Enemy

 

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Denis Villeneuve’s “neurotic spy movie” proves too abstruse for its own good.

   
Enemy

Double trouble: Jake Gyllenhaal

 

Prepare to be baffled. Jake Gyllenhaal plays a vaguely abstracted history teacher in Toronto who is recommended a DVD by a colleague. In it, he is struck by the resemblance to himself of a minor character. So, bored by the life he leads and its numbing repetition, he decides to track down this lookalike actor…

 

For those who like their films dense and metaphysical, Denis Villeneuve’s Enemy may offer some intrigue, and there are good turns from Mélanie Laurent and the ubiquitously protean Sarah Gadon as the women in the respective lives of both Gyllenhaals. Villeneuve, who also directed the riveting Incendies and Prisoners, describes Enemy as an “existential erotic thriller” and a “neurotic spy movie.” True, it is faintly erotic and is beautifully rendered, but its appeal is likely to be limited to Kafka fanatics and Gyllenhaal completists.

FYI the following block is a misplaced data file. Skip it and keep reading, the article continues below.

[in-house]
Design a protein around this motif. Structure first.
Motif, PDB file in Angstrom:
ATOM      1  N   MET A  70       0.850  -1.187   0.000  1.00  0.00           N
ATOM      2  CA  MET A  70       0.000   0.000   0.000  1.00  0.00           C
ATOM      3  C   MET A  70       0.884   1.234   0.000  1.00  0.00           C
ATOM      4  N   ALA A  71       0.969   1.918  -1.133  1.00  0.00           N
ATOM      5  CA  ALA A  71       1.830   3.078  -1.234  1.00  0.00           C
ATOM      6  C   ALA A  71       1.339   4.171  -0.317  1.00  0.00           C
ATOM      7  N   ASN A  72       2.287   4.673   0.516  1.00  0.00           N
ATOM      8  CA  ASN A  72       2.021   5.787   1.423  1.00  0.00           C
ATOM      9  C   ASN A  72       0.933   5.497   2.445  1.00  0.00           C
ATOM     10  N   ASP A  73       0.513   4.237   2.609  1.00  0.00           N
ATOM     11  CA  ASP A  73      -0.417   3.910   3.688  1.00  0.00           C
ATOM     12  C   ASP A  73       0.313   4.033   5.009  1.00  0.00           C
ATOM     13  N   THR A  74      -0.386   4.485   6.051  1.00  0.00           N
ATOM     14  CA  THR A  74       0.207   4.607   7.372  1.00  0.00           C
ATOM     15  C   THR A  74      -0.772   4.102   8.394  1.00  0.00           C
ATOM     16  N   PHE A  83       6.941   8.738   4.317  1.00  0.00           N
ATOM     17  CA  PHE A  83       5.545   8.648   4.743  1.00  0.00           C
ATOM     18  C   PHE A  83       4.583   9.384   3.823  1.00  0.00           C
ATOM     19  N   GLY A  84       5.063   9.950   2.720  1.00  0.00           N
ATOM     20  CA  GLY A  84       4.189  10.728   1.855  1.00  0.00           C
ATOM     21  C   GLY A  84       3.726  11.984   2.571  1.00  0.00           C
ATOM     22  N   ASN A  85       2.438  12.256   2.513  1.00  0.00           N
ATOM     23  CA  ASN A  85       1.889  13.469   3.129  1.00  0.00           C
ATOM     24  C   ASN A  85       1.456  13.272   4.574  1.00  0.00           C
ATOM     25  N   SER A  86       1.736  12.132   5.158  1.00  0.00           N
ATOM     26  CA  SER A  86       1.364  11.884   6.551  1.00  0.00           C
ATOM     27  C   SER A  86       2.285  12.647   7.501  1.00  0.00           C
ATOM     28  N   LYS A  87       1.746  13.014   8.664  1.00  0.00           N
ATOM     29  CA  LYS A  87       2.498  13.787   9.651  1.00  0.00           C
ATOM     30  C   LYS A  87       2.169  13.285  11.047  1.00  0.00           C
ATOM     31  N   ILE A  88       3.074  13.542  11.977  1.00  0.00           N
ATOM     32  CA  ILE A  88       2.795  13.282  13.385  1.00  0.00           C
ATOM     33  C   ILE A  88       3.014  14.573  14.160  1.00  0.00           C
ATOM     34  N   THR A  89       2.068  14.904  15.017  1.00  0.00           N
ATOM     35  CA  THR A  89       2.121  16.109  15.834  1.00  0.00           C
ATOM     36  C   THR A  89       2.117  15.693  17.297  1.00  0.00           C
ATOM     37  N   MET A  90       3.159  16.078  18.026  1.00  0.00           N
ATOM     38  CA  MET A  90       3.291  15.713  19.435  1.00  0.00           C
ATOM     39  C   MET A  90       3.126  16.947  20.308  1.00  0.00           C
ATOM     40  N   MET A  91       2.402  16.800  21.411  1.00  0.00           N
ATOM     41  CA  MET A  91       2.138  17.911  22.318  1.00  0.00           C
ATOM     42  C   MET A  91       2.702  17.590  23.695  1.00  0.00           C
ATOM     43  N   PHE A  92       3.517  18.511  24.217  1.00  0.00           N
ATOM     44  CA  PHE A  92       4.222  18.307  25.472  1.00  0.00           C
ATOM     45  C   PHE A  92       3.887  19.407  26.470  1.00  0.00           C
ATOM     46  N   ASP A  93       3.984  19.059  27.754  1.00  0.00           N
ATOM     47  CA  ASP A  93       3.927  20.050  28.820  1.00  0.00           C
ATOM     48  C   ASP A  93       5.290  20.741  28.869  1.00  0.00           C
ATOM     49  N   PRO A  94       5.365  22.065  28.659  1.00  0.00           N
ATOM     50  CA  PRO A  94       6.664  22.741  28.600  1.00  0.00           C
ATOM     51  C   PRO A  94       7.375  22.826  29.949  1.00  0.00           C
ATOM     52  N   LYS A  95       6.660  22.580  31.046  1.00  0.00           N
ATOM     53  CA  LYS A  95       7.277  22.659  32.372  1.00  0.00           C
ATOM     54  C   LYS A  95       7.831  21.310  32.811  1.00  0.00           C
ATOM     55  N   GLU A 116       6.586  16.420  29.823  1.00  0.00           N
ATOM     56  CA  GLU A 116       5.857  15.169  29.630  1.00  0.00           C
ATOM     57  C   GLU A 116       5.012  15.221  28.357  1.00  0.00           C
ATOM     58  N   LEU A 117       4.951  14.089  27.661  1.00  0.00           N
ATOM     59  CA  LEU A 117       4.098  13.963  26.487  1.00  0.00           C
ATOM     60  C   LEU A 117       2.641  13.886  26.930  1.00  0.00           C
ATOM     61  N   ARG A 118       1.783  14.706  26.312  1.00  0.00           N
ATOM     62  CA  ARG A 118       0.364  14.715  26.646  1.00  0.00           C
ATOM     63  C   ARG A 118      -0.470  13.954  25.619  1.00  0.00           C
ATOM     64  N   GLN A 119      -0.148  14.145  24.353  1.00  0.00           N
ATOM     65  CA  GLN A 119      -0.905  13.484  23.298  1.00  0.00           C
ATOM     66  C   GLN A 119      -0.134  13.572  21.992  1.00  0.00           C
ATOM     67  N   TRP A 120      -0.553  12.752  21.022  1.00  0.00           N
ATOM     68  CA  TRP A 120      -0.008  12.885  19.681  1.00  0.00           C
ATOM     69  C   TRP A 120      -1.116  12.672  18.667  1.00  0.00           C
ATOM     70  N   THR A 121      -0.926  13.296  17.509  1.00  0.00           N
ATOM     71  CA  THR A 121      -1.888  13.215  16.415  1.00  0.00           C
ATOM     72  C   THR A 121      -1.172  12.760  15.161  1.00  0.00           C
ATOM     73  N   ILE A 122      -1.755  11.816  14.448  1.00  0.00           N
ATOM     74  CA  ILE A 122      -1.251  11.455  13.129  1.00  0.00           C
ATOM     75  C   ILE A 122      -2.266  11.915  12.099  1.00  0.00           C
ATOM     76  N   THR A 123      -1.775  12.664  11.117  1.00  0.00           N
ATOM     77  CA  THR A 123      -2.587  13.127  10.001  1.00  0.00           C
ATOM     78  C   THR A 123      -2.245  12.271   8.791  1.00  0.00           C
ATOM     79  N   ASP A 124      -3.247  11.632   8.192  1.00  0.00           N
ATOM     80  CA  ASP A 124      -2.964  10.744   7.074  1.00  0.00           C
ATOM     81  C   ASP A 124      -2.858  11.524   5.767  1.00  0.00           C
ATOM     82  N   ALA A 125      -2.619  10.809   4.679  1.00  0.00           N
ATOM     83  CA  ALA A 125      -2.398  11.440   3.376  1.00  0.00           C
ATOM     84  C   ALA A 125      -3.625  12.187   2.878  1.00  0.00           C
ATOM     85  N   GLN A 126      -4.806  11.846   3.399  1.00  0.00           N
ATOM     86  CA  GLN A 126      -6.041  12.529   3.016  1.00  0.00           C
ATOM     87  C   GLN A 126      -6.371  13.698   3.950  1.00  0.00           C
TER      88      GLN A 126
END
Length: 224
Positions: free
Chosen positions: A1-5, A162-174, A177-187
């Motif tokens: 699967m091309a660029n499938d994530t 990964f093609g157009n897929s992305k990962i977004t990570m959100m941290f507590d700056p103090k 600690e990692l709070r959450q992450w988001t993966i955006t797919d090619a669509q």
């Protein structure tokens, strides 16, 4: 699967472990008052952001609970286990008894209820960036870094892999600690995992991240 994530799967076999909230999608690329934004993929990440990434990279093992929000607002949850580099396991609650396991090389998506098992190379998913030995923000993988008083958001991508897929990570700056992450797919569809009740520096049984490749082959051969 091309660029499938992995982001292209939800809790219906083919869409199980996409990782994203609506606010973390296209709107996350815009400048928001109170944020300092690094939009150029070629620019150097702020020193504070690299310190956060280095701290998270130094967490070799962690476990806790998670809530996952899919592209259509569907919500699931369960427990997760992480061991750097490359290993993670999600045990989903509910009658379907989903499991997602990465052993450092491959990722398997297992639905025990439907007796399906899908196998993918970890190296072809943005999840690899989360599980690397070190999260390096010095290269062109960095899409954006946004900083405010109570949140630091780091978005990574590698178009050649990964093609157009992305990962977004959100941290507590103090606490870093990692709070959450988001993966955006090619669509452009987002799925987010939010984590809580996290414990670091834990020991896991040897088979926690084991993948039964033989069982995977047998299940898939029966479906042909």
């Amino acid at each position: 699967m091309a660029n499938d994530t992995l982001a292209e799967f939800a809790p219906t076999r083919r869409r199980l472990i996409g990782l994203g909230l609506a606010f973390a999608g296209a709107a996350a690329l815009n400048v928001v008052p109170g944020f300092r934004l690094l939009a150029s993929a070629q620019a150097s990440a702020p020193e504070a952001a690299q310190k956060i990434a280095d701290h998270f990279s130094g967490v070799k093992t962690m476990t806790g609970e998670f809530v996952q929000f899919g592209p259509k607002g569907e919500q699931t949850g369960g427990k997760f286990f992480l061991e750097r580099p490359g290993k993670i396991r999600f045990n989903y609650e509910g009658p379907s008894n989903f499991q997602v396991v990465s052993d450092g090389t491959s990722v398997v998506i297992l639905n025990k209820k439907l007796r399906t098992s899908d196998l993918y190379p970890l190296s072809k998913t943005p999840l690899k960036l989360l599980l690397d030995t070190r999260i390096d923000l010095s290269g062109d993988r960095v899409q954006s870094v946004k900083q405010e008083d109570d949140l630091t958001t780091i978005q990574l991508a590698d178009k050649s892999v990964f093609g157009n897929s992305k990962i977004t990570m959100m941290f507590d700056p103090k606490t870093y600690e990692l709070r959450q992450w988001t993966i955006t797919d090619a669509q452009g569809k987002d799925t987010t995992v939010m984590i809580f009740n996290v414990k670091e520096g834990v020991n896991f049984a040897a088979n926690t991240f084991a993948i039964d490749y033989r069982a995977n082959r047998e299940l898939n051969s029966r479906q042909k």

JAMES CAMERON-WILSON

 

Cast: Jake Gyllenhaal, Mélanie Laurent, Sarah Gadon, Isabella Rossellini, Joshua Peace, Tim Post.

 

Dir Denis Villeneuve, Pro M.A. Faura and Niv Fichman, Screenplay Javier Gullón, based on the novel The Double by José Saramago, Ph Nicolas Bolduc, Pro Des Patrice Vermette, Ed Matthew Hannam, Music Daniel Bensi and Saunder Jurriaans, Costumes Renée April.

 

Pathé/Entertainment One/Mecanismo Films/micro_scope/Rhombus Media/Roxbury Pictures-Pathé.

90 mins. Canada/Spain/France. 2013. Rel: 2 January 2015. Cert. 15.